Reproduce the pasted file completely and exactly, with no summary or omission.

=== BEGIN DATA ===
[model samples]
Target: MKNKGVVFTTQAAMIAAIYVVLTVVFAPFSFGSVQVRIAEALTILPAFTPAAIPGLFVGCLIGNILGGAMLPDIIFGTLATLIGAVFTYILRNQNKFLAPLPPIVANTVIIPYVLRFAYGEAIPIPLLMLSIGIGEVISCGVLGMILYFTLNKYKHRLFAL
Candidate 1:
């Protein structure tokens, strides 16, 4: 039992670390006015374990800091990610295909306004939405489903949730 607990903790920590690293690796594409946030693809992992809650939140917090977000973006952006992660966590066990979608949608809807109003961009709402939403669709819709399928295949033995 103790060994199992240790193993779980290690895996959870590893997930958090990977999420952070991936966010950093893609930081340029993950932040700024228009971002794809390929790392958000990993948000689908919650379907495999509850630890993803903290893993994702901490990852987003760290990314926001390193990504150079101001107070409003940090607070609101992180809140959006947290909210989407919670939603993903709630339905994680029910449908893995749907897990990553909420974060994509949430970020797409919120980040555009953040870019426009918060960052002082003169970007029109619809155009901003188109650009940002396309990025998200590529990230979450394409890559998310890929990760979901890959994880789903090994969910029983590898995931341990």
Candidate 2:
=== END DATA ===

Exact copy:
[model samples]
Target: MKNKGVVFTTQAAMIAAIYVVLTVVFAPFSFGSVQVRIAEALTILPAFTPAAIPGLFVGCLIGNILGGAMLPDIIFGTLATLIGAVFTYILRNQNKFLAPLPPIVANTVIIPYVLRFAYGEAIPIPLLMLSIGIGEVISCGVLGMILYFTLNKYKHRLFAL
Candidate 1:
């Protein structure tokens, strides 16, 4: 039992670390006015374990800091990610295909306004939405489903949730 607990903790920590690293690796594409946030693809992992809650939140917090977000973006952006992660966590066990979608949608809807109003961009709402939403669709819709399928295949033995 103790060994199992240790193993779980290690895996959870590893997930958090990977999420952070991936966010950093893609930081340029993950932040700024228009971002794809390929790392958000990993948000689908919650379907495999509850630890993803903290893993994702901490990852987003760290990314926001390193990504150079101001107070409003940090607070609101992180809140959006947290909210989407919670939603993903709630339905994680029910449908893995749907897990990553909420974060994509949430970020797409919120980040555009953040870019426009918060960052002082003169970007029109619809155009901003188109650009940002396309990025998200590529990230979450394409890559998310890929990760979901890959994880789903090994969910029983590898995931341990």
Candidate 2: